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I'd like to modify my compiler's code generator to use visitor pattern since the current approach must use multiple conditional statement to check the real type of a child before generating the corresponding code. However, I have problems to get children attributes after they're visited. For instance, in binary expression I use this:

LHSCode := GenerateExpressionCode(LHSNode);
RHSCode := GenerateExpressionCode(RHSNode);
CreateBinaryExpression(Self,LHS,RHS);

In visitor pattern the visit method is usually void, so I can't get the expression code from LHS and RHS. Keeping shared global variables isn't an option since expression code generation is recursive thus could erase previous values kept in the variables.

I'll just show the binary expression as this is the most complicated part (for now):

function TLLVMCodeGenerator.GenerateExpressionCode(
  Expr: TASTExpression): TLLVMValue;
var
  BinExpr: TASTBinaryExpression;
  UnExpr: TASTUnaryExpression;
  LHSCode, RHSCode, ExprCode: TLLVMValue;
  VarExpr: TASTVariableExpression;
begin
  if Expr is TASTBinaryExpression then begin
    BinExpr := Expr as TASTBinaryExpression;
    LHSCode := GenerateExpressionCode(BinExpr.LHS);
    RHSCode := GenerateExpressionCode(BinExpr.RHS);
    case BinExpr.Op of
      '<': Result := FBuilder.CreateICmp(ccSLT, LHSCode, RHSCode);
      '<=': Result := FBuilder.CreateICmp(ccSLE, LHSCode, RHSCode);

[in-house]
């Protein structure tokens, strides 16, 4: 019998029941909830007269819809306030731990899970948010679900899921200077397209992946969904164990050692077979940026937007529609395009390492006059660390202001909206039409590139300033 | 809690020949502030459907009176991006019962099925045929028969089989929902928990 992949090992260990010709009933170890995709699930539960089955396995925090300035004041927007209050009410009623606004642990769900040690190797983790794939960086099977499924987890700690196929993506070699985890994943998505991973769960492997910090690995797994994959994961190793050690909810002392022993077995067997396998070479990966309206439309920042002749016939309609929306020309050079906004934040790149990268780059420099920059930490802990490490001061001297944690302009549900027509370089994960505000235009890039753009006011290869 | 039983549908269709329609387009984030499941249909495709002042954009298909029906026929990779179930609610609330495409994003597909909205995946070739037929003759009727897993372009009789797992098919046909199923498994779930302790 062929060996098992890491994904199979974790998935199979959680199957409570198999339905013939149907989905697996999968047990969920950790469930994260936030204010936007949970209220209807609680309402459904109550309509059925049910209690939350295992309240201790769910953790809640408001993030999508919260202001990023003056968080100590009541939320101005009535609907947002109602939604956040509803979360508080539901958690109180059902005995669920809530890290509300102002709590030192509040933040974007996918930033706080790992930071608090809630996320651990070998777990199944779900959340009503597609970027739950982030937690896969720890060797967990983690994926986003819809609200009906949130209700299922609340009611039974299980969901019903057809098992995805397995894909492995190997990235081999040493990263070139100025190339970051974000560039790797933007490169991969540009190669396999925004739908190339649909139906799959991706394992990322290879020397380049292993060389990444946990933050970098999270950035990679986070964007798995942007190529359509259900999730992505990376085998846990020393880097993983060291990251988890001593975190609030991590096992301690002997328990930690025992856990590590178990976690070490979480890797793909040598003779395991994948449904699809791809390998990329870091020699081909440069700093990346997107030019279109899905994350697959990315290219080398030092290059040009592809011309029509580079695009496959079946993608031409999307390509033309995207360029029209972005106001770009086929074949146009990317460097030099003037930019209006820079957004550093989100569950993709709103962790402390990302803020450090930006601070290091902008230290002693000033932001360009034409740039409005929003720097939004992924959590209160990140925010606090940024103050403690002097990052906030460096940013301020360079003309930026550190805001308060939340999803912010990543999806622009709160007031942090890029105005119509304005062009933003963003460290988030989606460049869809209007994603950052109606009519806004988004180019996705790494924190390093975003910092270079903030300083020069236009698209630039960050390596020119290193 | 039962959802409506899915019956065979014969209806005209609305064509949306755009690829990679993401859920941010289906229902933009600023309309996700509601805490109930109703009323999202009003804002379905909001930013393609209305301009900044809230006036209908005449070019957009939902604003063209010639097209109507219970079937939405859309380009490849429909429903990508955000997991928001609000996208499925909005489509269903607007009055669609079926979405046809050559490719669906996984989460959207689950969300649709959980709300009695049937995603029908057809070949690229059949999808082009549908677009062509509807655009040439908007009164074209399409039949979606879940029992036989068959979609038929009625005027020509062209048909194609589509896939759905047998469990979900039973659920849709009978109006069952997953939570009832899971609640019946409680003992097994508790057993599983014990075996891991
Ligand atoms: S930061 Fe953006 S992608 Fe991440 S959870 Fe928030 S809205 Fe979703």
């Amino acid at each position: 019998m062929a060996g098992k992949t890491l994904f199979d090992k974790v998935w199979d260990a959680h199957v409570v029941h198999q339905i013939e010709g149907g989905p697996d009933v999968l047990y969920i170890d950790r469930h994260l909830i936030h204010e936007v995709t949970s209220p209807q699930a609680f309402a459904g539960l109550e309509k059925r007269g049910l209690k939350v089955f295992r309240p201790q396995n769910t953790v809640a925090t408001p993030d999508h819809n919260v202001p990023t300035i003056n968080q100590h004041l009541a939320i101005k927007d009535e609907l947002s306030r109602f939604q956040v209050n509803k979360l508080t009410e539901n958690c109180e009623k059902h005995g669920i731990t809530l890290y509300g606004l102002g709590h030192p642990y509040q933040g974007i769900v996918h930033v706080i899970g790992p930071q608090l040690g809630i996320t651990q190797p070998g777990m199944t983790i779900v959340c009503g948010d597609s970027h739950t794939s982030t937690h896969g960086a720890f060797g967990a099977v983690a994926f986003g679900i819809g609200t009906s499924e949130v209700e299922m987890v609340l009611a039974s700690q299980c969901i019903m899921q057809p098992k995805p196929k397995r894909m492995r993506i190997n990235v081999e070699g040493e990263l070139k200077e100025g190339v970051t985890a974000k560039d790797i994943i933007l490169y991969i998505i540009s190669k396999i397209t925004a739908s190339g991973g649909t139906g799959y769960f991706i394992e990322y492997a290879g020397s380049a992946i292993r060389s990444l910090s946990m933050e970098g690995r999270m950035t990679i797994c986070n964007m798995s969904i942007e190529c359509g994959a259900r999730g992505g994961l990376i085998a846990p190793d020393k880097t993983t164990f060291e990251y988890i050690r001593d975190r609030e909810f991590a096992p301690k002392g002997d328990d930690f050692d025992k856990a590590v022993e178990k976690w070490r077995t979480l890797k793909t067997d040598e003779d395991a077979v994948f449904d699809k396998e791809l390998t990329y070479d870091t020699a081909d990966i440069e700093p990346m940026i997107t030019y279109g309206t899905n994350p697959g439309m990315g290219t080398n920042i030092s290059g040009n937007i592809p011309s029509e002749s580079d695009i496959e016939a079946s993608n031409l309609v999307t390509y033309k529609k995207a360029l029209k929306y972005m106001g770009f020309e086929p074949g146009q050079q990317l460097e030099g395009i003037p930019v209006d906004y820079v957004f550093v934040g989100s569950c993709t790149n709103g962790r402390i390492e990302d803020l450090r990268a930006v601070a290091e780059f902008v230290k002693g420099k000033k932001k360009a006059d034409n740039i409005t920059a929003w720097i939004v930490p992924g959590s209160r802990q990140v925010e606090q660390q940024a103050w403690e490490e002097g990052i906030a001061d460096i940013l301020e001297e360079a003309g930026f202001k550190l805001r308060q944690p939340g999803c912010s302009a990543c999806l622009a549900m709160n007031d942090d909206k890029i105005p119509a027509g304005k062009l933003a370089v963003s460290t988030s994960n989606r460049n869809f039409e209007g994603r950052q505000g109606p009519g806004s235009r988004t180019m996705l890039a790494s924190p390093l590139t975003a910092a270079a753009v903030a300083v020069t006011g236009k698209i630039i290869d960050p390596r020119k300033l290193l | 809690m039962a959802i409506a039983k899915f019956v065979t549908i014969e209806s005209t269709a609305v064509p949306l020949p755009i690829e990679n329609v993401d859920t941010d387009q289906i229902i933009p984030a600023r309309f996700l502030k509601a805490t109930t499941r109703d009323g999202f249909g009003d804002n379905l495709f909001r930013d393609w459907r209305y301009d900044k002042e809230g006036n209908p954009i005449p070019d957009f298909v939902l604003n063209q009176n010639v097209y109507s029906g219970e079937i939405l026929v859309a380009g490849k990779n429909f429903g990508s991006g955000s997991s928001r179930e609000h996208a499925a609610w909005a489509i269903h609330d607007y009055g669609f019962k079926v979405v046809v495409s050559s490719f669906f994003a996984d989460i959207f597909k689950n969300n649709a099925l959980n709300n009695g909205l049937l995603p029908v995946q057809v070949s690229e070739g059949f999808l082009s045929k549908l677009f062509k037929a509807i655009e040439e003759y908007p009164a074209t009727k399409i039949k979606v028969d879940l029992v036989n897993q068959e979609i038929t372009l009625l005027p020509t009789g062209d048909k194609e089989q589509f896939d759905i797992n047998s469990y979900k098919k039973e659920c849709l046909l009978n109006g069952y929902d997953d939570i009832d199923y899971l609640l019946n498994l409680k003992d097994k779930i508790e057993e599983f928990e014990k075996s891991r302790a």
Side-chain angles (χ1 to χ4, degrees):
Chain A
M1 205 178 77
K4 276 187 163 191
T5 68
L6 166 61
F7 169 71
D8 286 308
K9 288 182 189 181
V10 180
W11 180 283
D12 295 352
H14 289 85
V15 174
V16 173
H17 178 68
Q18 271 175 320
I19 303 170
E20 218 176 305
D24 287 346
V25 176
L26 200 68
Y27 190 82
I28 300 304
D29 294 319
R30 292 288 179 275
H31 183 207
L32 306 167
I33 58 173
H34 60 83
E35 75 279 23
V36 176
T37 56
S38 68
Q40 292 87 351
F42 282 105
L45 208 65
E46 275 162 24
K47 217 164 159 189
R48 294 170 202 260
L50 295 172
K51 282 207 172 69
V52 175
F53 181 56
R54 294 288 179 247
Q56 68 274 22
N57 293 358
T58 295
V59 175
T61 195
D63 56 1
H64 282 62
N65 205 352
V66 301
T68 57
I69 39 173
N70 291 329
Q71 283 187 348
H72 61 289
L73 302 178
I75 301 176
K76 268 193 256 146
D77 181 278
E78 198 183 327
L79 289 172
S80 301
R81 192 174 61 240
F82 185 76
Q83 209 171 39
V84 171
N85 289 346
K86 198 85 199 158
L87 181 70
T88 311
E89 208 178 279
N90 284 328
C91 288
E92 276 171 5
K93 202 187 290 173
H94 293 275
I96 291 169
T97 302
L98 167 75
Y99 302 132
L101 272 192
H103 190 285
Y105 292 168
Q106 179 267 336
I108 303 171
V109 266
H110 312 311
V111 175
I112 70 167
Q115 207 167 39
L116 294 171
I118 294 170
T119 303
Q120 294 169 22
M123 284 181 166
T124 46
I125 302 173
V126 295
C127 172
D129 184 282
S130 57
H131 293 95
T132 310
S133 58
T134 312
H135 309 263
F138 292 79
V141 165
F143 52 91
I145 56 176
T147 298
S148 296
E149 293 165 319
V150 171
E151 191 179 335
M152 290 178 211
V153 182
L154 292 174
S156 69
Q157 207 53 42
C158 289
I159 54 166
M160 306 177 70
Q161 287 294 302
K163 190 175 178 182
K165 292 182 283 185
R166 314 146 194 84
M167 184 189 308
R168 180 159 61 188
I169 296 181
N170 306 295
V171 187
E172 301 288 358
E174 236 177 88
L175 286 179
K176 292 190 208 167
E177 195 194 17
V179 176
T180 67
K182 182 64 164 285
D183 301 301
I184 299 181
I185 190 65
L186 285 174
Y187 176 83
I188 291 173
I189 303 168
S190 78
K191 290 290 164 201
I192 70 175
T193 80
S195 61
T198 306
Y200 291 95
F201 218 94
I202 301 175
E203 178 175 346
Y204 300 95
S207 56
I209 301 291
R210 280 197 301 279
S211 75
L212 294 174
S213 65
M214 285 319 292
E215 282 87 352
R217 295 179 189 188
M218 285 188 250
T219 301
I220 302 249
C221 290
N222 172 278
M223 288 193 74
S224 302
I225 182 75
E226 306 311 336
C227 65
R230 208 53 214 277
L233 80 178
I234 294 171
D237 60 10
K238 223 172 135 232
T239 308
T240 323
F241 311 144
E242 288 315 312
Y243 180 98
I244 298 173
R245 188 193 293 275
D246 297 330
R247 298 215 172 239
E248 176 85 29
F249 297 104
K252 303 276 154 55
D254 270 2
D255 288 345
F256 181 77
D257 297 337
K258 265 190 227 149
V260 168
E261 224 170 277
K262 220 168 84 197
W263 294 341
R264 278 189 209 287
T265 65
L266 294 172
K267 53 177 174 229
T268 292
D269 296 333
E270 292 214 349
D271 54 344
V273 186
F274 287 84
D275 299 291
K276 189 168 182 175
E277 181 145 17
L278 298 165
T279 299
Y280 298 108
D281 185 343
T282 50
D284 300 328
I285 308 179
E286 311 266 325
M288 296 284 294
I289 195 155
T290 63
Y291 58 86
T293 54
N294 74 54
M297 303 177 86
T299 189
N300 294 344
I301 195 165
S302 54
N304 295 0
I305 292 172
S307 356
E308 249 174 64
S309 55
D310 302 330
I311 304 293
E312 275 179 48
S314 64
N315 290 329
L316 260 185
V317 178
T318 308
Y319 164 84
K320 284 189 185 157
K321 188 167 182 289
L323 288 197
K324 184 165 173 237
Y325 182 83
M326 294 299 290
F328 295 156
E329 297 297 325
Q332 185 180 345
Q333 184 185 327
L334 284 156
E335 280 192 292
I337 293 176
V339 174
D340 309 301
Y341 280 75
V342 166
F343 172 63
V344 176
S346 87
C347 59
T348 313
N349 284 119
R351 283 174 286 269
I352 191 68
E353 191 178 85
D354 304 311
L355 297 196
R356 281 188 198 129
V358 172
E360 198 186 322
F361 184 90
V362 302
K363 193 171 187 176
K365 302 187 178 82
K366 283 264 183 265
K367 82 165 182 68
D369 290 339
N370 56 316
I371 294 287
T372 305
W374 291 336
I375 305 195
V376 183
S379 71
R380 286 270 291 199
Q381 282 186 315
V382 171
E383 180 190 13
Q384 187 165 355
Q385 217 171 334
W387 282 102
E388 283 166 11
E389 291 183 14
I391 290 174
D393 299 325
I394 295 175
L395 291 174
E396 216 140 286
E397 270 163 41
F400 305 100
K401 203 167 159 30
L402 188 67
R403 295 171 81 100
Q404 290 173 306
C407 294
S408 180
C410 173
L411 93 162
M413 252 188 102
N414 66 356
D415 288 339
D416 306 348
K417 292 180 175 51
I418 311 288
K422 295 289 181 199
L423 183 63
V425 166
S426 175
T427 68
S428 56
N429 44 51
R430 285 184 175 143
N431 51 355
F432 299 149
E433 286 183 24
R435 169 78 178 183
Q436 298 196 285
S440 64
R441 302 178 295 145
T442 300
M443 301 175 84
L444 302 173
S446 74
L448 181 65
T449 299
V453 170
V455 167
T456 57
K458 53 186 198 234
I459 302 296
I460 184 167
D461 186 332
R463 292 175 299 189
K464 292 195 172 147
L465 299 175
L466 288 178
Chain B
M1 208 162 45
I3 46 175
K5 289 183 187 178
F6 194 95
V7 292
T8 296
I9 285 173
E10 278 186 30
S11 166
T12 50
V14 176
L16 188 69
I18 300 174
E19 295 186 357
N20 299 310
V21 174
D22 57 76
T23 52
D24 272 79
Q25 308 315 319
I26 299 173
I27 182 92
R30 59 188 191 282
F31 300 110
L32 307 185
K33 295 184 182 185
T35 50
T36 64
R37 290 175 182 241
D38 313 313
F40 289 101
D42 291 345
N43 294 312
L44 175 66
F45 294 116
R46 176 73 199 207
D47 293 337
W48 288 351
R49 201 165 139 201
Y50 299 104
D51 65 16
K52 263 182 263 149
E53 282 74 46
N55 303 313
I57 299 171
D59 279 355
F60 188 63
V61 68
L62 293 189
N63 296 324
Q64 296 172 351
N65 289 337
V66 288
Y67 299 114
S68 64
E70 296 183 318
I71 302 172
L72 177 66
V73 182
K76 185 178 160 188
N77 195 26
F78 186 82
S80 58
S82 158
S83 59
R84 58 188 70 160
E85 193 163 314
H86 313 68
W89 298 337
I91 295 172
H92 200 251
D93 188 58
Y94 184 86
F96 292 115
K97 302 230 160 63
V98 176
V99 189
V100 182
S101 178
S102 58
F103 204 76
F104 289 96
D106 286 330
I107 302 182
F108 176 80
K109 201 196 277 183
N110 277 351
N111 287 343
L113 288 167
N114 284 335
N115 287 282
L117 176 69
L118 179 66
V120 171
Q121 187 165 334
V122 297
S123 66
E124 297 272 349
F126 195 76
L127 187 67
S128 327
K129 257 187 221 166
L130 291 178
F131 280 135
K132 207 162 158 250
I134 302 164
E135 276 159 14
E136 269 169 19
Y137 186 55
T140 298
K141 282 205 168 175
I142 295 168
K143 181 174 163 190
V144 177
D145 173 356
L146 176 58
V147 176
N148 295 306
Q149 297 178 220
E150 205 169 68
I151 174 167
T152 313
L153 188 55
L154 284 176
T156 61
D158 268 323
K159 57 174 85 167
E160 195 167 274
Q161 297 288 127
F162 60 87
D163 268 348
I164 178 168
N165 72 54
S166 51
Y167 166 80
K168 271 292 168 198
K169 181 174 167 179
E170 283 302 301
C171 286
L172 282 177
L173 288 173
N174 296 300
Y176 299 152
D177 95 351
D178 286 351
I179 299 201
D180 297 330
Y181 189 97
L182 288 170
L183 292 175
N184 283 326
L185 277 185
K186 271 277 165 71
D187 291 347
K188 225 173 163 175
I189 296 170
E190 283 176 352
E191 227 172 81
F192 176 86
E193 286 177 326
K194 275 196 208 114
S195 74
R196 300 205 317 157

'>': Result := FBuilder.CreateICmp(ccSGT, LHSCode, RHSCode);
      '>=': Result := FBuilder.CreateICmp(ccSGE, LHSCode, RHSCode);
      '==': Result := FBuilder.CreateICmp(ccEQ, LHSCode, RHSCode);
      '<>': Result := FBuilder.CreateICmp(ccNE, LHSCode, RHSCode);
      '/\': Result := FBuilder.CreateAnd(LHSCode, RHSCode);
      '\/': Result := FBuilder.CreateOr(LHSCode, RHSCode);
      '+': Result := FBuilder.CreateAdd(LHSCode, RHSCode);
      '-': Result := FBuilder.CreateSub(LHSCode, RHSCode);
      '*': Result := FBuilder.CreateMul(LHSCode, RHSCode);
      '/': Result := FBuilder.CreateSDiv(LHSCode, RHSCode);
    end;
  end else if Expr is TASTPrimaryExpression then
    if Expr is TASTBooleanConstant then
      with Expr as TASTBooleanConstant do
        Result := FBuilder.CreateConstant(Ord(Value), ltI1)
    else if Expr is TASTIntegerConstant then
      with Expr as TASTIntegerConstant do
        Result := FBuilder.CreateConstant(Value, ltI32)
    else if Expr is TASTUnaryExpression then begin
      UnExpr := Expr as TASTUnaryExpression;
      ExprCode := GenerateExpressionCode(UnExpr.Expr);
      case UnExpr.Op of
        '~': Result := FBuilder.CreateXor(
            FBuilder.CreateConstant(1, ltI1), ExprCode);
        '-': Result := FBuilder.CreateSub(
            FBuilder.CreateConstant(0, ltI32), ExprCode);
      end;
    end else if Expr is TASTVariableExpression then begin
      VarExpr := Expr as TASTVariableExpression;
      with VarExpr.VarDecl do
        Result := FBuilder.CreateVar(Ident, BaseTypeLLVMTypeMap[BaseType]);
    end;
end;

Hope you understand it :)

share|improve this question
    
The question is not clear. What children attributes do you mean? Do you mean that GenerateExpressionCode play the role of the visit method? – ssmir Jan 14 '11 at 12:30
    
@ssmir: If I've understood correctly, the code shown is a snippet from the non-visitor implementation. – Don Roby Jan 14 '11 at 12:58
    
@ssmir: from the snippet I give above, the current (Self) node requires generated code from it's left and right operand (which are Self's children). That's what I actually mean by "attributes". – LeleDumbo Jan 14 '11 at 17:47